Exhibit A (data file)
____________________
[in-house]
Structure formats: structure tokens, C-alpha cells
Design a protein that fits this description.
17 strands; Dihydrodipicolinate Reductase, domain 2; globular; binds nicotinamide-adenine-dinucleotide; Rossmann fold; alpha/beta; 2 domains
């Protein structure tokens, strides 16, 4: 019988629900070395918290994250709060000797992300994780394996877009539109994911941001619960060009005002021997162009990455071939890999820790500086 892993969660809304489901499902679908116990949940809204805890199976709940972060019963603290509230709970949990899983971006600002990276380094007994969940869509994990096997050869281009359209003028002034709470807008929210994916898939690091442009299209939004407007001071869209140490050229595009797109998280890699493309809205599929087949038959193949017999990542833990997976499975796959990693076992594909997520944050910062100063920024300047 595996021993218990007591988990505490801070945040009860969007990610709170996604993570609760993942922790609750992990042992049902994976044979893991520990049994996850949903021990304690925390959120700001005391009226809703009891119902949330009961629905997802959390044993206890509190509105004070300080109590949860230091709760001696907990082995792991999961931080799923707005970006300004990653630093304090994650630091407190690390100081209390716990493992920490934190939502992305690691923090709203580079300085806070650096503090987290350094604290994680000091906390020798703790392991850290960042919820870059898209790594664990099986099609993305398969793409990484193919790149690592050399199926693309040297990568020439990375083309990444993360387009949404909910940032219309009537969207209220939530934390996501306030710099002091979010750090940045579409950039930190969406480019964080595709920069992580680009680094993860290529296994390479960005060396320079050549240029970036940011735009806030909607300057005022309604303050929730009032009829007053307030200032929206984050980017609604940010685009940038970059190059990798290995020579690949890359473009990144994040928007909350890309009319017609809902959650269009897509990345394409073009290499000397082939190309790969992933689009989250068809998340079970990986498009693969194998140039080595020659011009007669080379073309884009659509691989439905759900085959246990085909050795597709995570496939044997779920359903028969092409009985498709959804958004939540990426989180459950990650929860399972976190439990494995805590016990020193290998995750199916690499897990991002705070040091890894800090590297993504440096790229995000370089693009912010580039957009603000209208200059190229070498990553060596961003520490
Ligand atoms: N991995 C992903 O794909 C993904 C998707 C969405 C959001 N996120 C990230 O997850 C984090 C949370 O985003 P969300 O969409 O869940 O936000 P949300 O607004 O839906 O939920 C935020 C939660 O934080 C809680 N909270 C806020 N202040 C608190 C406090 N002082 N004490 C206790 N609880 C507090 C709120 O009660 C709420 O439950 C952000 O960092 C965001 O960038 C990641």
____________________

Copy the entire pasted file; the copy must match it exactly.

[in-house]
Structure formats: structure tokens, C-alpha cells
Design a protein that fits this description.
17 strands; Dihydrodipicolinate Reductase, domain 2; globular; binds nicotinamide-adenine-dinucleotide; Rossmann fold; alpha/beta; 2 domains
């Protein structure tokens, strides 16, 4: 019988629900070395918290994250709060000797992300994780394996877009539109994911941001619960060009005002021997162009990455071939890999820790500086 892993969660809304489901499902679908116990949940809204805890199976709940972060019963603290509230709970949990899983971006600002990276380094007994969940869509994990096997050869281009359209003028002034709470807008929210994916898939690091442009299209939004407007001071869209140490050229595009797109998280890699493309809205599929087949038959193949017999990542833990997976499975796959990693076992594909997520944050910062100063920024300047 595996021993218990007591988990505490801070945040009860969007990610709170996604993570609760993942922790609750992990042992049902994976044979893991520990049994996850949903021990304690925390959120700001005391009226809703009891119902949330009961629905997802959390044993206890509190509105004070300080109590949860230091709760001696907990082995792991999961931080799923707005970006300004990653630093304090994650630091407190690390100081209390716990493992920490934190939502992305690691923090709203580079300085806070650096503090987290350094604290994680000091906390020798703790392991850290960042919820870059898209790594664990099986099609993305398969793409990484193919790149690592050399199926693309040297990568020439990375083309990444993360387009949404909910940032219309009537969207209220939530934390996501306030710099002091979010750090940045579409950039930190969406480019964080595709920069992580680009680094993860290529296994390479960005060396320079050549240029970036940011735009806030909607300057005022309604303050929730009032009829007053307030200032929206984050980017609604940010685009940038970059190059990798290995020579690949890359473009990144994040928007909350890309009319017609809902959650269009897509990345394409073009290499000397082939190309790969992933689009989250068809998340079970990986498009693969194998140039080595020659011009007669080379073309884009659509691989439905759900085959246990085909050795597709995570496939044997779920359903028969092409009985498709959804958004939540990426989180459950990650929860399972976190439990494995805590016990020193290998995750199916690499897990991002705070040091890894800090590297993504440096790229995000370089693009912010580039957009603000209208200059190229070498990553060596961003520490
Ligand atoms: N991995 C992903 O794909 C993904 C998707 C969405 C959001 N996120 C990230 O997850 C984090 C949370 O985003 P969300 O969409 O869940 O936000 P949300 O607004 O839906 O939920 C935020 C939660 O934080 C809680 N909270 C806020 N202040 C608190 C406090 N002082 N004490 C206790 N609880 C507090 C709120 O009660 C709420 O439950 C952000 O960092 C965001 O960038 C990641």